These past few weeks have been so up and down, I’m not sure how much more I can handle! Things are on the upswing again but boy, 2019 is just full of wild things going on. What a weird year. Lately all the stress has had my eczema blowing up on my hands, but luckily I had some help this week with Janelle coming into my kitchen again to help me veganize a recipe from her mom, lumpia shanghai! Lumpia is the Filipino version of spring rolls (I am working on a Vietnamese spring roll recipe, I promise!) and boy, I did not realize how much I love the little spring rolls. They are so crispy and light, and the filling is a classic savoury filling that is suprisingly very simple!
In the YouTube video I posted of this recipe, Janelle and I touch on our experience growing up within our cultures and our fears of not being able to pass on the recipes to our future generations. Janelle’s mom never let her try to roll spring rolls so she had never experienced it herself, whereas my mom kind of forced me in the kitchen with her to learn all of the basics. Even if I was just cutting up the squares for the bottom of steamed dumplings or separating the sheets of spring roll wrappers for my mom to roll with, I didn’t realize how much I would absorb just from sitting there and watching her work her magic.
I honestly don’t even remember the last time I rolled spring rolls, but for this recipe, we ended up rolling about 70 of them and they worked out amazingly well! Like I said, the filling is really simple, and if you have a food processor, it cuts the work down by a LOT. If you don’t have a food processor, grating the vegetables or mincing everything REALLY thin is key here.
For the filling, we tried it with a flax egg to bind (since Janelle’s mom uses an egg to bind everything together), but I found that there was a lot of moisture in there, so you can skip using the hydrated flax egg, and instead use dry flax meal to hydrate within the liquid of the blended onion, carrot, and celery. That way you still get the binding aspect but reduce the amount of liquid in there overall.
Traditionally you serve lumpia shanghai with sweet chili Thai sauce, but Janelle prefers plum sauce (while I prefer Vietnamese Saigon hot sauce), so we had our vegan lumpia shanghai with plum sauce and Vietnamese sriracha (it’s different from the American one). All in all, super delicious, definitely would eat again, and they are easily prepped in a large batch to freeze for frying at a later time. If you have a deep fryer, it’d be a breeze to cook these up, but the ol’ tradition of frying them on the stove is just as viable here. Just make sure you flip the lumpia in the oil and ensure that they don’t stick together so they cook evenly.
Yields 75 small lumpia shanghai
30 minPrep Time
15 minCook Time
45 minTotal Time
- 2 ribs (142 g) celery, roughly chopped
- 2 medium carrots (150 g), peeled and roughly chopped
- 1 medium onion (172 g), peeled and quartered
- 5 cloves garlic (19 g)
- 1 package vegan ground crumble (340 g), I used Yves in the video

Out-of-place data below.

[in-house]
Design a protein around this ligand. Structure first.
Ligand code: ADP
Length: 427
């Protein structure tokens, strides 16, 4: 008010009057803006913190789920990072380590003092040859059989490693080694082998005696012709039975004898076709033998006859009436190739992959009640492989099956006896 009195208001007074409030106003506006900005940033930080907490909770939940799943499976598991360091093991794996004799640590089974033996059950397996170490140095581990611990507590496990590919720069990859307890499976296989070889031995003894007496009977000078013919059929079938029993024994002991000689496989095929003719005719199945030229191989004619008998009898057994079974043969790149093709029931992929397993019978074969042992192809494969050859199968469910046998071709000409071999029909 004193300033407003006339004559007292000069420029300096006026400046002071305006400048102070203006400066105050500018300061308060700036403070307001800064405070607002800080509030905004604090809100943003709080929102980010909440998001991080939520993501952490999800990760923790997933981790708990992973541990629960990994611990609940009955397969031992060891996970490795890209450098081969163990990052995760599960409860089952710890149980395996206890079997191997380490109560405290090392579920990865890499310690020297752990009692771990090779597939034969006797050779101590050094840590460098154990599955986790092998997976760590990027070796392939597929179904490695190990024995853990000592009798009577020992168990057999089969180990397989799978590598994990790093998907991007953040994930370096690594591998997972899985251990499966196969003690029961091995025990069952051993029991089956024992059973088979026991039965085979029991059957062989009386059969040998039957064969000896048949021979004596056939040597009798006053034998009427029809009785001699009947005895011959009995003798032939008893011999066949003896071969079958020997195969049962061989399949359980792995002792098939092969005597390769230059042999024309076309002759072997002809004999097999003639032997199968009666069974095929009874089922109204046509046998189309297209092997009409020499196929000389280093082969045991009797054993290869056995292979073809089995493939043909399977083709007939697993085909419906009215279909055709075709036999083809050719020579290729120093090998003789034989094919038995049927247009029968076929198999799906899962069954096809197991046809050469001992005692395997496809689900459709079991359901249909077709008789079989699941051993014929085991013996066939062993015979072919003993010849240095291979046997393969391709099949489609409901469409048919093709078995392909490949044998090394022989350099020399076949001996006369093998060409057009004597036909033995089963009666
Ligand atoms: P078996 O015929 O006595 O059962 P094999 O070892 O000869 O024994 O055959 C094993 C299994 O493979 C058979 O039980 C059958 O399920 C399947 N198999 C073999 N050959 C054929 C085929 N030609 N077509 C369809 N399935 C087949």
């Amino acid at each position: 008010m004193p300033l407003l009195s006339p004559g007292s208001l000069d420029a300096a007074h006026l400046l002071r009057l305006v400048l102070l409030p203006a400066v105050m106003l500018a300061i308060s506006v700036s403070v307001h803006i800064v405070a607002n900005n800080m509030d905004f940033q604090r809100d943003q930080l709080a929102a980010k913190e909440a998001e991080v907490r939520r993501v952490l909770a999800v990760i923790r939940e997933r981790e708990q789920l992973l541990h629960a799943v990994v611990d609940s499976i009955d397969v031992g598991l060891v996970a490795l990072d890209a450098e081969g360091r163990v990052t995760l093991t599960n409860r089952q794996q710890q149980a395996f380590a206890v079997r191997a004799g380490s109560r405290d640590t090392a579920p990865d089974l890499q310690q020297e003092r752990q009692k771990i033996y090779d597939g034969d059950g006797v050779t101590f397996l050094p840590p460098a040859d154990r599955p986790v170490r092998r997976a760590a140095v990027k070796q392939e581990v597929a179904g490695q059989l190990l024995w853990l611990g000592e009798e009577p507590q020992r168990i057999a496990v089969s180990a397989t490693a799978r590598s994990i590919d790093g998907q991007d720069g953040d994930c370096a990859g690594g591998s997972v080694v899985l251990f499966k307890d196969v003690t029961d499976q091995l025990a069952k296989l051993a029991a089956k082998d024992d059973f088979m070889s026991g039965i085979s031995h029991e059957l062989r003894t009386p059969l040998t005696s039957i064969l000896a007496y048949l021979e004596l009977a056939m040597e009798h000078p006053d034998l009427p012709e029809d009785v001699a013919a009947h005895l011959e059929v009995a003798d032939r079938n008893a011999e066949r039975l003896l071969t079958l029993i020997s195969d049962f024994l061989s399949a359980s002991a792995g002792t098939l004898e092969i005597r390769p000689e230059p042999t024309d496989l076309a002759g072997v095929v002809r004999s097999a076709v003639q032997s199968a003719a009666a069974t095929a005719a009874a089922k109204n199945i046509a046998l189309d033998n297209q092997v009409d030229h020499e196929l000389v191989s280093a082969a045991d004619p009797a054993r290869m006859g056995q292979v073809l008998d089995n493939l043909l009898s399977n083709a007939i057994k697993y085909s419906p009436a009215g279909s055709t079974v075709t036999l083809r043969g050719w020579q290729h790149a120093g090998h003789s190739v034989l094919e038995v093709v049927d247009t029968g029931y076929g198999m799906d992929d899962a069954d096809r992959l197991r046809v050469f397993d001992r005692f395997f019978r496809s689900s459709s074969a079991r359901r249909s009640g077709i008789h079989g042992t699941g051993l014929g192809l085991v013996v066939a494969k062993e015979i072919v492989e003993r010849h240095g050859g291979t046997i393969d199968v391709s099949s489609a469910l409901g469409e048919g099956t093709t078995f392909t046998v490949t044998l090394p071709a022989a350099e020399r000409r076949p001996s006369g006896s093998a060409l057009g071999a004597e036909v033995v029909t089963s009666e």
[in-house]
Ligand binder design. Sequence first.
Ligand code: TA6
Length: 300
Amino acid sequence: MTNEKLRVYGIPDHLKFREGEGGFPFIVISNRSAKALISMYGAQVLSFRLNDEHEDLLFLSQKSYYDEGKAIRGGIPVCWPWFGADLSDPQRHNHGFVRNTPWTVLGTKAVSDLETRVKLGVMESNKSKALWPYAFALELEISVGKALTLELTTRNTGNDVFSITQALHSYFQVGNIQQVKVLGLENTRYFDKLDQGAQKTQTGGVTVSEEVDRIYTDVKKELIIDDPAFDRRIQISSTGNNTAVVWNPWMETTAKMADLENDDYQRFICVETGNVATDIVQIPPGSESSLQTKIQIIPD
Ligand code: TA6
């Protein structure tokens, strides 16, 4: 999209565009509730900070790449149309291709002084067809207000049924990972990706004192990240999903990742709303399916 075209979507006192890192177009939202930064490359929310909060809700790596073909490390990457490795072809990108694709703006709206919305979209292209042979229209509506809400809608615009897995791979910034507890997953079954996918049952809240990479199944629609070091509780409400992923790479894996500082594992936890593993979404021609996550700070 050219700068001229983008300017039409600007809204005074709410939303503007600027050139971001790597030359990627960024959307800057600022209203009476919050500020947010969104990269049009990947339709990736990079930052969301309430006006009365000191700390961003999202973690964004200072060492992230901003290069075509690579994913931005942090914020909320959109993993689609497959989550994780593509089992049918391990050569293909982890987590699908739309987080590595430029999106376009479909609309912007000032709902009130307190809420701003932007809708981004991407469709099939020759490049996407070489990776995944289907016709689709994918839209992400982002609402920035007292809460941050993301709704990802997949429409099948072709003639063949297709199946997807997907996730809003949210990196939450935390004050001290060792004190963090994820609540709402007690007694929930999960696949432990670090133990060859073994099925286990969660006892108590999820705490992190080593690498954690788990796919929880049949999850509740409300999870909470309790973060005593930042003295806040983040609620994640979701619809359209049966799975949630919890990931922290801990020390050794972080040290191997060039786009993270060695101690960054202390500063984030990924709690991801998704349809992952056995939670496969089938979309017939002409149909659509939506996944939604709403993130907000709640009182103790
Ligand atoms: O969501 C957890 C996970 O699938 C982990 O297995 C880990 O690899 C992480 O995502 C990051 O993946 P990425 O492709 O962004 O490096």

- 1/4 cup fresh parsley (9 g)
- 1 tbsp (15 mL) vegan fish sauce
- 1 tsp (5 mL) kosher salt
- 1/4 tsp (1 mL) ground pepper
- 1 tbsp flax meal
- 75 vegan spring roll wrappers (I bought the small size in a pack of 50)
- 1/4 cup water (to seal the wrappers)
- Oil for frying
- Plum sauce or sweet chili Thai sauce to serve
- Using a food processor, blitz celery, carrots, onion, garlic, and parsley and process until everything is uniform and processed to little bits. You'll need to scrape down the sides and process to make sure everything is even.
- In a large bowl, combine the processed veggie mixture with ground round, fish sauce, salt, ground pepper, flax meal. Stir until everything is incorporated and let sit for about 5 minutes for the flax meal to rehydrate in the mixture (this will act as the binder).
- Prepare the spring roll wrappers by peeling them apart on a plate. If you can roll fast, you don't need to cover, but I highly recommend covering with a clean, damp tea towel to keep the wrappers from drying out.
- Give the filling mixture a good mix to ensure everything is incorporated. To roll the lumpia, turn the spring roll wrapper so a corner points towards you. Add about 1 tbsp of filling per wrapper in the bottom third of the wrapper, then use one corner to tuck the filling and roll up 1/3 of the way. Tuck the left and right corners over the filling, then finish the roll, using some water to seal the edge. Arrange on a plate in a single layer with parchment paper in between. Freeze first to ensure the lumpia stays together while frying, but you can simply freeze while you heat up the oil.
- Heat up 2 inches of oil in a deep pot to 400F (medium high heat). Fry the lumpia for about 3-5 min, until golden and crispy. Be sure to flip them in the oil so it's cooked evenly and doesn't stick to each other.
- Once golden, let drain on a paper towel or tea towel.
- Serve with plum sauce or sweet chili Thai sauce!
You can freeze these for a couple months if they are kept separated by layer in a sealed container. The longer you let them freeze, the more likely they are to get freezer burnt though, so don't let them sit in the freezer for longer than a few weeks.